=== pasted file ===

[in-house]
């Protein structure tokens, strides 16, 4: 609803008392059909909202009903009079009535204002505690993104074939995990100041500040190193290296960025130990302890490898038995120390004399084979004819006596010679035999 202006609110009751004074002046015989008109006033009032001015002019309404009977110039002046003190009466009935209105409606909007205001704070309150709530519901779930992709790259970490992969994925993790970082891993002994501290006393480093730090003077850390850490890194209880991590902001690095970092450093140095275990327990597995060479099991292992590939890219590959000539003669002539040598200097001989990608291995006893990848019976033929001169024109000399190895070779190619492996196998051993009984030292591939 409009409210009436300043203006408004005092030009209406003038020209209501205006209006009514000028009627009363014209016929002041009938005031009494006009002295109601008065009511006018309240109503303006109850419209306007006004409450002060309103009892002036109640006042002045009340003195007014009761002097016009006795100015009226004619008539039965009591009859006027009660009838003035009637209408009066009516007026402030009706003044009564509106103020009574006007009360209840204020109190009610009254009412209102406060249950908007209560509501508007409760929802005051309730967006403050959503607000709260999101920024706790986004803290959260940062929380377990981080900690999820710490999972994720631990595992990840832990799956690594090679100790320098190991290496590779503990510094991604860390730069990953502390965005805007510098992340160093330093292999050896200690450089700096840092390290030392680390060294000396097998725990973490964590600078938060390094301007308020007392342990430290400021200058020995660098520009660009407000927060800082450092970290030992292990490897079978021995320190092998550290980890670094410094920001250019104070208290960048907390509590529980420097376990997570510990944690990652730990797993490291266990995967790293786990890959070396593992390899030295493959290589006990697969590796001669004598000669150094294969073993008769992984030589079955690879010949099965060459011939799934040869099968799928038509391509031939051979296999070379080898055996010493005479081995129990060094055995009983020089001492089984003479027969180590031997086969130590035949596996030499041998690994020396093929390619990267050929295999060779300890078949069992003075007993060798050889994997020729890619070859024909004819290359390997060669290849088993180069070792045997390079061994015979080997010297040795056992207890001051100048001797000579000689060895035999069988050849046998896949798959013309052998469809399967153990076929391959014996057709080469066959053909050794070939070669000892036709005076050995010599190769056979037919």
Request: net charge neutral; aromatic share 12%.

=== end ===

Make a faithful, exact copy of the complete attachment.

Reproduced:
[in-house]
């Protein structure tokens, strides 16, 4: 609803008392059909909202009903009079009535204002505690993104074939995990100041500040190193290296960025130990302890490898038995120390004399084979004819006596010679035999 202006609110009751004074002046015989008109006033009032001015002019309404009977110039002046003190009466009935209105409606909007205001704070309150709530519901779930992709790259970490992969994925993790970082891993002994501290006393480093730090003077850390850490890194209880991590902001690095970092450093140095275990327990597995060479099991292992590939890219590959000539003669002539040598200097001989990608291995006893990848019976033929001169024109000399190895070779190619492996196998051993009984030292591939 409009409210009436300043203006408004005092030009209406003038020209209501205006209006009514000028009627009363014209016929002041009938005031009494006009002295109601008065009511006018309240109503303006109850419209306007006004409450002060309103009892002036109640006042002045009340003195007014009761002097016009006795100015009226004619008539039965009591009859006027009660009838003035009637209408009066009516007026402030009706003044009564509106103020009574006007009360209840204020109190009610009254009412209102406060249950908007209560509501508007409760929802005051309730967006403050959503607000709260999101920024706790986004803290959260940062929380377990981080900690999820710490999972994720631990595992990840832990799956690594090679100790320098190991290496590779503990510094991604860390730069990953502390965005805007510098992340160093330093292999050896200690450089700096840092390290030392680390060294000396097998725990973490964590600078938060390094301007308020007392342990430290400021200058020995660098520009660009407000927060800082450092970290030992292990490897079978021995320190092998550290980890670094410094920001250019104070208290960048907390509590529980420097376990997570510990944690990652730990797993490291266990995967790293786990890959070396593992390899030295493959290589006990697969590796001669004598000669150094294969073993008769992984030589079955690879010949099965060459011939799934040869099968799928038509391509031939051979296999070379080898055996010493005479081995129990060094055995009983020089001492089984003479027969180590031997086969130590035949596996030499041998690994020396093929390619990267050929295999060779300890078949069992003075007993060798050889994997020729890619070859024909004819290359390997060669290849088993180069070792045997390079061994015979080997010297040795056992207890001051100048001797000579000689060895035999069988050849046998896949798959013309052998469809399967153990076929391959014996057709080469066959053909050794070939070669000892036709005076050995010599190769056979037919």
Request: net charge neutral; aromatic share 12%.